Kissing disease: A name for infectious mononucleosis (“mono”), a very common illness caused by the Epstein-Barr virus (EBV). By the time most people reach adulthood, an antibody against EBV can be detected in their blood meaning they have been infected with EBV. The illness is less severe in young children. The infection can be spread by saliva. The incubation period for “mononucleosis” is 4 to 8 weeks. Symptoms include fever, fatigue, sore throat, and swollen lymph glands. “Mononucleosis” can cause liver inflammation (hepatitis) and spleen enlargement. Vigorous contact sports should be avoided to prevent spleen rupture.

Mono (also termed mononucleosis or infectious mononucleosis) is a disease caused by the Epstein-Barr virus (EBV). Children are commonly infected with EBV and show few or no symptoms. Older individuals, teenagers, and adults may show symptoms when infected. These consist mainly of fatigue,fever, inflamed throat, and swollen lymph nodes in the neck. Infected people may also have a rash, swollen liver, or enlarged spleen. Most of the symptoms get better within two to four weeks, but some people can be fatigued for several months. The EBV virus can become inactive after infection, and some people reactivate EBV infection even years later.

Is Mononucleosis (Mono) Contagious?

Mononucleosis is contagious from person to person, especially via an infected person’s saliva. Other transmission methods include blood, semen, blood transfusions, and organ transplants. Unfortunately, EBV can also be spread by contact with objects like toothbrushes or eating utensils that are contaminated with EBV. Mononucleosis can be spread to babies, children, and  adults. Individuals who have mono can be contagious without the characteristic symptoms of fever, fatigue, or swollen glands; some people can be contagious during the incubation period when no symptoms are present.

How do I know if I have Mmononucleosis?

Symptoms of EBV infection/Mononucleosis may include some or most of the following symptoms:

  • Fatigue
  • Inflammed throat
  • Fever
  • Swollen lymph nodes in the neck
  • Enlarged spleen and/or liver
  • Rashes

Many diseases produce similar symptoms, so the diagnosis is usually based on the patient’s history, physical, and EBV antibody tests (for example, IgG, IgM, and VCA antibody tests, Monospot test, and others). Interpretation of these tests is not always definitive.

How is mononucleosis transmitted? What is the incubation period for mono?

Mono (mononucleosis) is spread from person to person. It is usually not spread by airborne droplets (it can be in some instances when saliva is sprayed and then inhaled) but by direct contact with an infected person’s saliva. Because of the predominant way mono is spread (saliva), it has been termed the “kissing disease.” The incubation period (from time of exposure to EBV to symptom development) is about four to seven weeks, and some people can spread the disease during the incubation period and up to 18 months later. Mononucleosis can be spread by blood, semen, and organ transplants. Saliva-contaminated toothbrushes, utensils, and contact with other EBV-contaminated objects may also spread the disease.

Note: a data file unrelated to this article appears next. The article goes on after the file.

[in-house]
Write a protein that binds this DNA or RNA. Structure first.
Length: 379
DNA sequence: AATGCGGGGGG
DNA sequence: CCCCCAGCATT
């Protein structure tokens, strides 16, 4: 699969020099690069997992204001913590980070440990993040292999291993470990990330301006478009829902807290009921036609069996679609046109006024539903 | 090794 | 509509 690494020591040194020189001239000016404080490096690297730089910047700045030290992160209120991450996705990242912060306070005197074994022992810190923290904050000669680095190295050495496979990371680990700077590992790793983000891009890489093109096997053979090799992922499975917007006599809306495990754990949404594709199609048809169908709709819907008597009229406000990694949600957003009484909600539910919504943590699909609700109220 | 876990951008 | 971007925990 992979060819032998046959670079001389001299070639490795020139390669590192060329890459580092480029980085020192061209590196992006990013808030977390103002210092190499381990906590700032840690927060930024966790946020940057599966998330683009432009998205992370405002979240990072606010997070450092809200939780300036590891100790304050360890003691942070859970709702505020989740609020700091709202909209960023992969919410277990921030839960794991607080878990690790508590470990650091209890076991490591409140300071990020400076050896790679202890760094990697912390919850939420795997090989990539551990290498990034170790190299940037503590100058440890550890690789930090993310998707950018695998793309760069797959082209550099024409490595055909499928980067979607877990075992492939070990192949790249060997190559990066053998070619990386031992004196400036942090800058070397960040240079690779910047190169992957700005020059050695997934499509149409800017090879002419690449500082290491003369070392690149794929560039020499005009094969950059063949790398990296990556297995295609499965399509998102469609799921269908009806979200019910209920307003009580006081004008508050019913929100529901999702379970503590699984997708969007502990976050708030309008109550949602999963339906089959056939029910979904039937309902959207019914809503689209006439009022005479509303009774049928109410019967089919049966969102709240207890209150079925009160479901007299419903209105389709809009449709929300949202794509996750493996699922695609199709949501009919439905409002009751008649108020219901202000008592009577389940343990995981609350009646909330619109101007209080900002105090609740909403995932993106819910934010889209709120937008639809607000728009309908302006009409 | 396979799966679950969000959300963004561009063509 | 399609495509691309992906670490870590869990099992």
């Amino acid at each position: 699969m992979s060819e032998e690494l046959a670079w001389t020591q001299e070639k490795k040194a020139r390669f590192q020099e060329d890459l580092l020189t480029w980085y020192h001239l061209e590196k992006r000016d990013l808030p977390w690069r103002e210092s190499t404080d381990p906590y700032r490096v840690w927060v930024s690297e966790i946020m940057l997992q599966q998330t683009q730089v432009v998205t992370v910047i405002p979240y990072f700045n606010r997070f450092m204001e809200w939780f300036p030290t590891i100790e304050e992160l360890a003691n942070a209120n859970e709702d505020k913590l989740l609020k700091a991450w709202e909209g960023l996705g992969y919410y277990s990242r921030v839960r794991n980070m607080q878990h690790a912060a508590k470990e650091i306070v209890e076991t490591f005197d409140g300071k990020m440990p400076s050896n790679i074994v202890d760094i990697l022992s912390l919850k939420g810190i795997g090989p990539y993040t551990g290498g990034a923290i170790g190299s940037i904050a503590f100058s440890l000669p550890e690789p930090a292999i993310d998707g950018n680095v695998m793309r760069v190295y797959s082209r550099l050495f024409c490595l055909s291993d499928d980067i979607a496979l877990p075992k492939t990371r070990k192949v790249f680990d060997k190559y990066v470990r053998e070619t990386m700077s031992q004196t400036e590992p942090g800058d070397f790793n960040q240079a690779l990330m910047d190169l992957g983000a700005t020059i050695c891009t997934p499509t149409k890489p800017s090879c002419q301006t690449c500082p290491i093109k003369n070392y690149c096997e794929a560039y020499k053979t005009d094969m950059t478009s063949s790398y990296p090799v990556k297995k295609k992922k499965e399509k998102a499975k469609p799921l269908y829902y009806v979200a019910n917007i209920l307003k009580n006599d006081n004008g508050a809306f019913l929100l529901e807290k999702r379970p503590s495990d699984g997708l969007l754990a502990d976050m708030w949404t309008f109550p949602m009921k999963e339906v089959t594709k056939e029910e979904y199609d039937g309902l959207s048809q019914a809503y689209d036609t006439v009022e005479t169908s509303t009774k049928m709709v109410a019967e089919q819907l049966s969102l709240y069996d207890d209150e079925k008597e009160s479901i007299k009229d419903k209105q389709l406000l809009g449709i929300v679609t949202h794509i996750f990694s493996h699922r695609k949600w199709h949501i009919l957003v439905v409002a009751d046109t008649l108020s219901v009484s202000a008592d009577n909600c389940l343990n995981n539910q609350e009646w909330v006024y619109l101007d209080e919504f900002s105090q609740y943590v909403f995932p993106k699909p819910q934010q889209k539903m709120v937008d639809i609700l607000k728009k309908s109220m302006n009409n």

What are the complications of Mononucleosis?

Fortunately, the more severe complications of mononucleosis are quite rare, and mononucleosis is very rarely fatal in healthy people. The rare severe complications include destruction of red blood cells (hemolytic anemia) and inflammation of the sac surrounding the heart (pericarditis), the heart muscle itself (myocarditis), and the brain (encephalitis). Mononucleosis tends to be more aggressive in patients with abnormal immune systems, such as people with AIDS or those who are taking medications that suppress immune function.

When will I know I am cured of mono?

Unfortunately, the term “cured” doesn’t relate well to mono (mononucleosis) because, once infected, a person seems to be infected with EBV for life as occasional “reactivation” of the virus does occur even in healthy people who show no symptoms. Most people will never notice the reactivation of EBV, but according to researchers, these reactivated viruses are probably responsible for the occasional outbreaks in individuals who have not been infected with EBV. It’s estimated that about 20%-80% of people infected with mononucleosis shed EBV occasionally for many years.

What is the Treatment for Kissing Disease /Mononucleosis/Infectious Mononucleosis?

Principle of treatment for mononucleosis is preventive and palliative.

Preventive treatment for mononucleosis : Advise every healthy as well as infected person to observe oral hygeine ….saline water gargling , dental and gum brushing and massage and further gargling before and after kissing.One should avoid random multipeople kissing.Forbid and avoid kissing the toddlers and children despite any loving/affectionate emotions.

Palliative treatment for mononucleosis :

Rx  GULVALEX 1 capsule three to four times a day for 50 to 90 days with water for building up immunity and resistance against infections.

Rx  HEMOCLIN-T 1to 2 tablets three to four times a day for 50 to 90 days with water for combating  infections due to viruses and bacteria.

Rx AAROGYA VARDHINI VATI 500mg 1 to 2 tablets 2 to 3 times a day for 50 to 90 days to keep the blood,cells ,tissues,liver and digestive organs in good health

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